Chapter

Christmas and the Movies: Frames of Mind

John Mundy

in Christmas, Ideology and Popular Culture

Published by Edinburgh University Press

Published in print April 2008 | ISBN: 9780748628087
Published online March 2012 | e-ISBN: 9780748653065 | DOI: http://dx.doi.org/10.3366/edinburgh/9780748628087.003.0011
Christmas and the Movies: Frames of Mind

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This chapter describes how the commercial viability and dominant aesthetic sensibility of Christmas movies were established in Hollywood in the 1940s with films such as Holiday Inn, It's A Wonderful Life (1946), and Miracle on 34th Street. An examination of two family entertainment-orientated films, All I Want For Christmas and Jingle All The Way, reveals that Hollywood remains supremely efficient at both acknowledging and resolving ideological contradictions that characterise the experience of the modern Christmas. As both these films show, Hollywood's simultaneous acknowledgement yet containment of the ambiguities that modern Christmas entails are often expressed as much by what is heard on the soundtrack as what is seen on screen. Jingle All The Way suggests that, whilst the anxieties about getting modern Christmas ‘right’ need to be acknowledged, one can also mark out and overcome the antisocial potential of materialism.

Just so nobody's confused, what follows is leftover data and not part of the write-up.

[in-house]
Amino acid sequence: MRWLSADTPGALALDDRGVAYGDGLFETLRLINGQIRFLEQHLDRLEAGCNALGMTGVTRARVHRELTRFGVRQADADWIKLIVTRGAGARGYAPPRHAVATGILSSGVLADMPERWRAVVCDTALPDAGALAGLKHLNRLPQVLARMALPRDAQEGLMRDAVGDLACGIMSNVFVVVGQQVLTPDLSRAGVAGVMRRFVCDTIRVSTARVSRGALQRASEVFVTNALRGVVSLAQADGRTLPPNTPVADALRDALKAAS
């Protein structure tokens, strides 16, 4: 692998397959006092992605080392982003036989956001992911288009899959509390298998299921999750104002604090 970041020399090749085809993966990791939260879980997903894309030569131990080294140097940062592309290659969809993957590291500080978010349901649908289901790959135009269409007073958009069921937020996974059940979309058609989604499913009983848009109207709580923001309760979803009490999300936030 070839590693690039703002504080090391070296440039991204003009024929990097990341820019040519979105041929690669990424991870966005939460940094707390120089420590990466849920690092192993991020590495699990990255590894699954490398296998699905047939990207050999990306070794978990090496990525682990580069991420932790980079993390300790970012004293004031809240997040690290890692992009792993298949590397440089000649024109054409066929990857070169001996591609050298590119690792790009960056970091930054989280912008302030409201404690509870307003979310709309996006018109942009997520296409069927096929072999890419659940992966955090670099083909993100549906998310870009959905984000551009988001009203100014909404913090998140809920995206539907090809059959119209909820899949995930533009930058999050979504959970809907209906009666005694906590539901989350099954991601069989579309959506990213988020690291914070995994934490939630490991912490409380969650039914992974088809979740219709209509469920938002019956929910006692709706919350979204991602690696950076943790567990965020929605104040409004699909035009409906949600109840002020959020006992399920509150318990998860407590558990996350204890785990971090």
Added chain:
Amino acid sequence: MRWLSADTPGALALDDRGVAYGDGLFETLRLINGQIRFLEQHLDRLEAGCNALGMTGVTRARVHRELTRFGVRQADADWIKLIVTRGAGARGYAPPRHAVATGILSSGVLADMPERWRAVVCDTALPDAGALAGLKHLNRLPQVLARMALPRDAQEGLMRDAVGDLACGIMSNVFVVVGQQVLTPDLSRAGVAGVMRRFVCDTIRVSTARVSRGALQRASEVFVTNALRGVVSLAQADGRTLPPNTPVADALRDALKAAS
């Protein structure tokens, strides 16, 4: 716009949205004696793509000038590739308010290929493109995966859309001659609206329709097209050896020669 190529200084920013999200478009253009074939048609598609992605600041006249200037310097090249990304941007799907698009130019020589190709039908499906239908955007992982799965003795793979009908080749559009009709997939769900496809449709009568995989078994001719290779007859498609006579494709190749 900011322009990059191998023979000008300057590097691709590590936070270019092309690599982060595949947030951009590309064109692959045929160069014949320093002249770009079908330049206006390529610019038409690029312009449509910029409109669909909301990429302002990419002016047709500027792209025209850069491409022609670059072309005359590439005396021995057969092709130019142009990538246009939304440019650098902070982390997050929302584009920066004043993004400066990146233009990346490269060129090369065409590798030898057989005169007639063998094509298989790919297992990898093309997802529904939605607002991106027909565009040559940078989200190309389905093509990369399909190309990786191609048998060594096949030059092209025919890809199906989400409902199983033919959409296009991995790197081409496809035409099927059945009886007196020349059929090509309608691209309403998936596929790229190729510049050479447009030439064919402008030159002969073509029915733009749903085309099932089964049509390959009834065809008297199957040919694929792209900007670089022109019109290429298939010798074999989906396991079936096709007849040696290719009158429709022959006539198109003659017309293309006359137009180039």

Keywords: Holiday Inn; films; materialism; Hollywood

Chapter.  5937 words. 

Subjects: Cultural Studies

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